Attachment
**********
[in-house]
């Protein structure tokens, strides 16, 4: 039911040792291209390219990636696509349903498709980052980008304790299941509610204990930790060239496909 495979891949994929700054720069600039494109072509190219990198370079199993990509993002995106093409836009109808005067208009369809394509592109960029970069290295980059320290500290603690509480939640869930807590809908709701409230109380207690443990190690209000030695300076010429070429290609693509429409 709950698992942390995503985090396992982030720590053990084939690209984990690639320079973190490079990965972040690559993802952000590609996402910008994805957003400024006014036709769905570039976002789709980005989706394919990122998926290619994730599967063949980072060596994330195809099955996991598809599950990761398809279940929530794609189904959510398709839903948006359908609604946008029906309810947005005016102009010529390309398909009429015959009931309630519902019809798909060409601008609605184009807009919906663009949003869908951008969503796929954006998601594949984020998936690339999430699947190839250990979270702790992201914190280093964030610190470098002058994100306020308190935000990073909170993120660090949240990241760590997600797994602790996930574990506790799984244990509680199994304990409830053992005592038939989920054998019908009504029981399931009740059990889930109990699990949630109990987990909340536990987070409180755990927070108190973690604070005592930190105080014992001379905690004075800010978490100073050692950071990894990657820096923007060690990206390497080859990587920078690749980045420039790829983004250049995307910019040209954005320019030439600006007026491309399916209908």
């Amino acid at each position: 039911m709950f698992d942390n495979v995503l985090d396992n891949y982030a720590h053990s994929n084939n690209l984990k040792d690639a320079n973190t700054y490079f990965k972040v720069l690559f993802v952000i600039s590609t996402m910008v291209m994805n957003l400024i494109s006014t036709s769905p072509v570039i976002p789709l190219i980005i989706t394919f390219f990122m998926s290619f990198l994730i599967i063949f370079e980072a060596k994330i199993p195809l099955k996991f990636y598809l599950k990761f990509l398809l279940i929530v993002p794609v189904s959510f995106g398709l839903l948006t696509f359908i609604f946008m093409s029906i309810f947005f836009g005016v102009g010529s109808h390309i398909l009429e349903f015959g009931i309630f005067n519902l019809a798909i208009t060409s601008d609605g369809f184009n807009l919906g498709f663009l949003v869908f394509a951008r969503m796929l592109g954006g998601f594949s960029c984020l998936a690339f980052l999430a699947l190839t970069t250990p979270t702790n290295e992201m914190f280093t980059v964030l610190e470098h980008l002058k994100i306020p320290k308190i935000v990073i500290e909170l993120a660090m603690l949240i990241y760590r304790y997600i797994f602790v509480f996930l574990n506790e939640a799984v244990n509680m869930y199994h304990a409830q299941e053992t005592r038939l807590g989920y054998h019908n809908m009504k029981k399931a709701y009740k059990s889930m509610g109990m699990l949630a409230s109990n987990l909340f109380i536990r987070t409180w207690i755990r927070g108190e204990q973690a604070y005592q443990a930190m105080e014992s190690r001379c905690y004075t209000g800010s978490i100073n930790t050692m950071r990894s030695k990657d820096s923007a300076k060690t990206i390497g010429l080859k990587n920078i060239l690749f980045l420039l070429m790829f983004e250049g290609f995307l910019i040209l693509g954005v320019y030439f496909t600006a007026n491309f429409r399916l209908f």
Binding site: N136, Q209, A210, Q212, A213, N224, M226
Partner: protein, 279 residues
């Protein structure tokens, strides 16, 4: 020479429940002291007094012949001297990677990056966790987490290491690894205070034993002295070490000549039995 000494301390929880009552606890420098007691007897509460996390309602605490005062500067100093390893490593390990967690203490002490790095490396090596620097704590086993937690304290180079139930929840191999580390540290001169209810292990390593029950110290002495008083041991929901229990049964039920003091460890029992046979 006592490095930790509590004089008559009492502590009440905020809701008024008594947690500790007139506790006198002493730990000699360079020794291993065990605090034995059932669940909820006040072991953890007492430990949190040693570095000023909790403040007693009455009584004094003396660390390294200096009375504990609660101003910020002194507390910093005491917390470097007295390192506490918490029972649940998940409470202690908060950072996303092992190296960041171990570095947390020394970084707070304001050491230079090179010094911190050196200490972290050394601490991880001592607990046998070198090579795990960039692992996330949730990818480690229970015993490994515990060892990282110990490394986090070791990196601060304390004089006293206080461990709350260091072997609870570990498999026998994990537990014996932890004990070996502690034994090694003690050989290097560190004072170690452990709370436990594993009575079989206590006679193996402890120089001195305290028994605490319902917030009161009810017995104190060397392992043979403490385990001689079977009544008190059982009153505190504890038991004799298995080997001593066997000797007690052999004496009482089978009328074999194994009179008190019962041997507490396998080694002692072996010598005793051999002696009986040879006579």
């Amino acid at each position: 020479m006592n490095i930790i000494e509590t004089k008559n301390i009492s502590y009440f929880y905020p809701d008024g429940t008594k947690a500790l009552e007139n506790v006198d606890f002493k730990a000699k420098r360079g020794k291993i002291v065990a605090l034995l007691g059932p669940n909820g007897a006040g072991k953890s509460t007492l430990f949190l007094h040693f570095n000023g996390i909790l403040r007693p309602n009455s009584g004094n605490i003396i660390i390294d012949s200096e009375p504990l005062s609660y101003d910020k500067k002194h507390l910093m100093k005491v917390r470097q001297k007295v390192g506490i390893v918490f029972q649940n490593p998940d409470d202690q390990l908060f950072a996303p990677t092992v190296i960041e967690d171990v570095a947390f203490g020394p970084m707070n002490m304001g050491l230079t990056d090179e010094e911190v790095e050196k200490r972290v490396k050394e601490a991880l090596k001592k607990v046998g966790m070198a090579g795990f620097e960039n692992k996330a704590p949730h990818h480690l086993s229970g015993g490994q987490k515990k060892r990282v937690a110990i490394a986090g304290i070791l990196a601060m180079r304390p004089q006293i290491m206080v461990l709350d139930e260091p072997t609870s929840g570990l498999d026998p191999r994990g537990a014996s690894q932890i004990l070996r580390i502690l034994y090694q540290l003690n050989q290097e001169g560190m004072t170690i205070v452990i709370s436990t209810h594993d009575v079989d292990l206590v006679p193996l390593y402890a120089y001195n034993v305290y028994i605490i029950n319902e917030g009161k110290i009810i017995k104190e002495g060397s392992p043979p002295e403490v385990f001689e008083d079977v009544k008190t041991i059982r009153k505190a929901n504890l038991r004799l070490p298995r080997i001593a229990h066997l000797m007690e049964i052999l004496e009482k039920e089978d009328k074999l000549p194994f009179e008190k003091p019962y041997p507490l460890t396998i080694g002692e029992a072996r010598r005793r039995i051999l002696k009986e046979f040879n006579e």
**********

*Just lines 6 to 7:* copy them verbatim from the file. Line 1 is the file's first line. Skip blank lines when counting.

């Protein structure tokens, strides 16, 4: 020479429940002291007094012949001297990677990056966790987490290491690894205070034993002295070490000549039995 000494301390929880009552606890420098007691007897509460996390309602605490005062500067100093390893490593390990967690203490002490790095490396090596620097704590086993937690304290180079139930929840191999580390540290001169209810292990390593029950110290002495008083041991929901229990049964039920003091460890029992046979 006592490095930790509590004089008559009492502590009440905020809701008024008594947690500790007139506790006198002493730990000699360079020794291993065990605090034995059932669940909820006040072991953890007492430990949190040693570095000023909790403040007693009455009584004094003396660390390294200096009375504990609660101003910020002194507390910093005491917390470097007295390192506490918490029972649940998940409470202690908060950072996303092992190296960041171990570095947390020394970084707070304001050491230079090179010094911190050196200490972290050394601490991880001592607990046998070198090579795990960039692992996330949730990818480690229970015993490994515990060892990282110990490394986090070791990196601060304390004089006293206080461990709350260091072997609870570990498999026998994990537990014996932890004990070996502690034994090694003690050989290097560190004072170690452990709370436990594993009575079989206590006679193996402890120089001195305290028994605490319902917030009161009810017995104190060397392992043979403490385990001689079977009544008190059982009153505190504890038991004799298995080997001593066997000797007690052999004496009482089978009328074999194994009179008190019962041997507490396998080694002692072996010598005793051999002696009986040879006579």
């Amino acid at each position: 020479m006592n490095i930790i000494e509590t004089k008559n301390i009492s502590y009440f929880y905020p809701d008024g429940t008594k947690a500790l009552e007139n506790v006198d606890f002493k730990a000699k420098r360079g020794k291993i002291v065990a605090l034995l007691g059932p669940n909820g007897a006040g072991k953890s509460t007492l430990f949190l007094h040693f570095n000023g996390i909790l403040r007693p309602n009455s009584g004094n605490i003396i660390i390294d012949s200096e009375p504990l005062s609660y101003d910020k500067k002194h507390l910093m100093k005491v917390r470097q001297k007295v390192g506490i390893v918490f029972q649940n490593p998940d409470d202690q390990l908060f950072a996303p990677t092992v190296i960041e967690d171990v570095a947390f203490g020394p970084m707070n002490m304001g050491l230079t990056d090179e010094e911190v790095e050196k200490r972290v490396k050394e601490a991880l090596k001592k607990v046998g966790m070198a090579g795990f620097e960039n692992k996330a704590p949730h990818h480690l086993s229970g015993g490994q987490k515990k060892r990282v937690a110990i490394a986090g304290i070791l990196a601060m180079r304390p004089q006293i290491m206080v461990l709350d139930e260091p072997t609870s929840g570990l498999d026998p191999r994990g537990a014996s690894q932890i004990l070996r580390i502690l034994y090694q540290l003690n050989q290097e001169g560190m004072t170690i205070v452990i709370s436990t209810h594993d009575v079989d292990l206590v006679p193996l390593y402890a120089y001195n034993v305290y028994i605490i029950n319902e917030g009161k110290i009810i017995k104190e002495g060397s392992p043979p002295e403490v385990f001689e008083d079977v009544k008190t041991i059982r009153k505190a929901n504890l038991r004799l070490p298995r080997i001593a229990h066997l000797m007690e049964i052999l004496e009482k039920e089978d009328k074999l000549p194994f009179e008190k003091p019962y041997p507490l460890t396998i080694g002692e029992a072996r010598r005793r039995i051999l002696k009986e046979f040879n006579e």